Start with a plot even more nonsensical than was the case with the original STREET FIGHTER (1975), consisting solely of brutal fights and lame transitional sequences to set them up. Then take out the fights. What you're left with is a sorry, discombobulated mess.
Mercenary Terry Sugury (Sonny Chiba) is hired to silence a stool pigeon in police custody. He gets himself arrested, crushes the man's voicebox, and escapes. Elsewhere, Mafia-affiliated mobster Otaguro (Donald Nakajima) is stealing billions from investors in a scam "Asian Martial Arts Center," to
the chagrin of Masaoka (Masafumi Suzuki), a karate instructor. Otaguro tries to hire Sugury to kill Masaoka but is turned down, and vows to have them both wiped out.
Several set of assassins, including Junjo (Masishi Ishibashi) from THE STREET FIGHTER--still alive despite having his larynx yanked out-- try to kill Sugury but only manages to wound him. Sugury's sidekick Kitty (Yoko Ichui) drags him to safety in the sewer; admitting to being a Mafia agent but
now resolutely on his side, she nurses him back to health. Meanwhile, Don Costello (Claude Gannyon) takes over the mob; he immediately kills Otaguro and abducts Kitty. Sugury fights his way into the criminals' lair, past dozens of thugs, to find Kitty blinded and dying. He takes on and kills
Junjo, then chases Costello outside, where the mobster is killed in a gas truck explosion.
Clearly trying to duplicate the elements of the first film, the writers give Sugury a new comic partner, Kitty, a woman with goofy hair and oversize glasses. Once again this sidekick, in love with Sugury, betrays him in some way, repents, and makes it up to him, then dies anyway. Once again Sugury
fights Junjo, once again in the rain. Once again he kills Junjo. Black-and-white flashbacks return us several times to scenes from THE STREET FIGHTER. The vague and confused plot is as stupid as can be, the central scam a fuzzy con game that hardly seems worth the trouble. There are scenes of
fighters training with exotic weapons, setting up the fights with Sugury later; he stalks out on Otaguro, takes a ski-lift to the top of a snowy mountain for no reason (even Kitty asks what they're doing there), only to be attacked by the fighters, who apparently knew he was coming.
Chiba gets to show off his physique and abilities in an exercise sequence, and again in a fight in a sauna. When cut, he licks his own blood, spurring him on to greater violence, just like his inspiration, Bruce Lee. Sugury (pronounced, as in the first film, "Shurugi") performs impossible leaps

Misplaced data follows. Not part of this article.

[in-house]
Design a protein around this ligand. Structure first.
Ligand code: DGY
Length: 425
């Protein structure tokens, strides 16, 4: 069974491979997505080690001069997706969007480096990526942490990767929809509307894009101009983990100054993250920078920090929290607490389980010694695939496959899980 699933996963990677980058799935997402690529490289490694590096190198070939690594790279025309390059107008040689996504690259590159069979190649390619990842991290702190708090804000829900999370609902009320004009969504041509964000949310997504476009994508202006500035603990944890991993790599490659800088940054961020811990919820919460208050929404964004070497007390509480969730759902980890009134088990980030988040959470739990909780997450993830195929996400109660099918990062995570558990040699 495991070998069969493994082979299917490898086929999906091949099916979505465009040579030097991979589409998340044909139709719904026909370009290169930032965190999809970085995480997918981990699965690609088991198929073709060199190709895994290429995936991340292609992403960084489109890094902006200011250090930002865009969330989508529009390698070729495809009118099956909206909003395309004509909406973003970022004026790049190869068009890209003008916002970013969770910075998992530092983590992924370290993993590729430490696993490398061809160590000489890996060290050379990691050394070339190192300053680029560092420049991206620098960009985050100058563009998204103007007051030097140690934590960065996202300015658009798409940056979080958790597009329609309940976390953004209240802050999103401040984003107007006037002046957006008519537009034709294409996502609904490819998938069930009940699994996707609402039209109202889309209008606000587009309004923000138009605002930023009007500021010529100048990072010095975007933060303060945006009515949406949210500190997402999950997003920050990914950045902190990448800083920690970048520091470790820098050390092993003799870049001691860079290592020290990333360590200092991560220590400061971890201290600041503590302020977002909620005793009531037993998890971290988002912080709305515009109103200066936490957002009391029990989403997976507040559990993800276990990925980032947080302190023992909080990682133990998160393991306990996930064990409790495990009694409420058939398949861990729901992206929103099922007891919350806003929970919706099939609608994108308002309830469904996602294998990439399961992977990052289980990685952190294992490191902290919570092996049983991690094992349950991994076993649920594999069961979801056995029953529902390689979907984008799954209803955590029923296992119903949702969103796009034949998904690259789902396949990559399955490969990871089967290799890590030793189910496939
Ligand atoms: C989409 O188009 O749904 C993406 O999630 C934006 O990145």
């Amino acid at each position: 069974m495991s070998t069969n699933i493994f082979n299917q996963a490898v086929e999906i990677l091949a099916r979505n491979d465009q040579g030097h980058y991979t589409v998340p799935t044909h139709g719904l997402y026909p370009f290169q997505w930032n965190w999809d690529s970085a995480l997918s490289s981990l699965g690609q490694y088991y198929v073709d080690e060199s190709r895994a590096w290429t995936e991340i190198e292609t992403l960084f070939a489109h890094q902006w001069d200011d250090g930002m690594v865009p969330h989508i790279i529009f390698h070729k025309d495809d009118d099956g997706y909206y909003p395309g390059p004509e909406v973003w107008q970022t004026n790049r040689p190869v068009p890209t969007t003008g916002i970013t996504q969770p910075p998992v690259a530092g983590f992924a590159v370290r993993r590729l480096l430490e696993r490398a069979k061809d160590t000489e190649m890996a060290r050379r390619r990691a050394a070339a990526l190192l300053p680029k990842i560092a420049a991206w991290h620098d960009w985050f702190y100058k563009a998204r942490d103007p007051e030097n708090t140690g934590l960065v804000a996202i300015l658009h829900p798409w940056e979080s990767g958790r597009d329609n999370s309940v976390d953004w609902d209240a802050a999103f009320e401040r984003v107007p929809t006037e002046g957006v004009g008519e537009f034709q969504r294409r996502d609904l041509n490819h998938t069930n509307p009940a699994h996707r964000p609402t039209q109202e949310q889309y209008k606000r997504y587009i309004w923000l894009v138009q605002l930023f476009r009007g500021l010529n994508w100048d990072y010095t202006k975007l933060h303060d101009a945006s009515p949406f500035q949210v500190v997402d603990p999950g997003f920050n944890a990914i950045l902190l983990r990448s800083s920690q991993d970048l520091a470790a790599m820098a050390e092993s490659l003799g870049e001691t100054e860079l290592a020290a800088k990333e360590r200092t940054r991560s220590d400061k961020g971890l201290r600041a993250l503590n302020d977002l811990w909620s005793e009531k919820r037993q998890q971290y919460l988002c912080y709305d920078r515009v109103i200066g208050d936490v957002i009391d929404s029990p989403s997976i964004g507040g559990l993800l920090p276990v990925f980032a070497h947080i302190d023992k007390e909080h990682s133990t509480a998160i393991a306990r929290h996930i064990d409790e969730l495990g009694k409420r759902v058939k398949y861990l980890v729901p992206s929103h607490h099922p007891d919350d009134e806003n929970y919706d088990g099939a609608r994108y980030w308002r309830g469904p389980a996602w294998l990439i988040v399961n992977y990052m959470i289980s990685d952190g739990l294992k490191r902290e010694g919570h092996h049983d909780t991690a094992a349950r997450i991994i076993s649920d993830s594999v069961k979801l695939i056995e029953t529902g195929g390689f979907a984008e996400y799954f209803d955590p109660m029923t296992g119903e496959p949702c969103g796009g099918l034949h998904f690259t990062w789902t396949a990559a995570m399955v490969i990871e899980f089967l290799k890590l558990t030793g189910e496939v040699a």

straight out of Hong Kong fantasy films and, hearing that there's a contract on Masaoka, angrily pours booze all over himself. In a subplot, a policeman (Zulu Yachi) shamefully takes a leave of absence after Sugury silences his prisoner; a student of Masaoka, the cop then wanders pointlessly in
and out of the story before being killed by Otaguro's men. Yet for all the meandering anachronisms of the script, it clocks in at approximately an hour and a quarter. Why? Because as with the first film, the ratings board insisted that the only way to avoid an X rating was to cut out all the
bloody scenes. And unlike the first film, the cut version was all that was available domestically, as of the reissue of the four STREET FIGHTER films on US home video in the late 1990s. (An 82-minute version was released in Japan, complete with scenes like Sugury punching a foe in the back of the
head with such force that the poor guy's eyeballs pop out.) As a result, fights begin and end abruptly, characters are unexpectedly bloody or disappear entirely midscene, and Costello, without explanation, is suddenly missing an eye. (In the Japanese version, he loses it to a dagger thrown by
Sugury. Kitty is also blinded by the criminals for betraying them. It's a veritable bonanza for fans of optic mayhem.) Considering that the film only exists to depict random acts of brutal violence, any possible reason to watch it is instantly moot--all the more so because, like its predecessor,
this was filmed in widescreen "Actionscope," but tightly cropped fullscreen, so most of the fights consist of little more than blurry elbows, chins, and torsos. (Graphic violence, nudity, sexual situations, profanity.)
Cast & Details See all »
- Released: 1975
- Rating: R
- Review: Start with a plot even more nonsensical than was the case with the original STREET FIGHTER (1975), consisting solely of brutal fights and lame transitional sequences to set them up. Then take out the fights. What you're left with is a sorry, discombobulate… (more)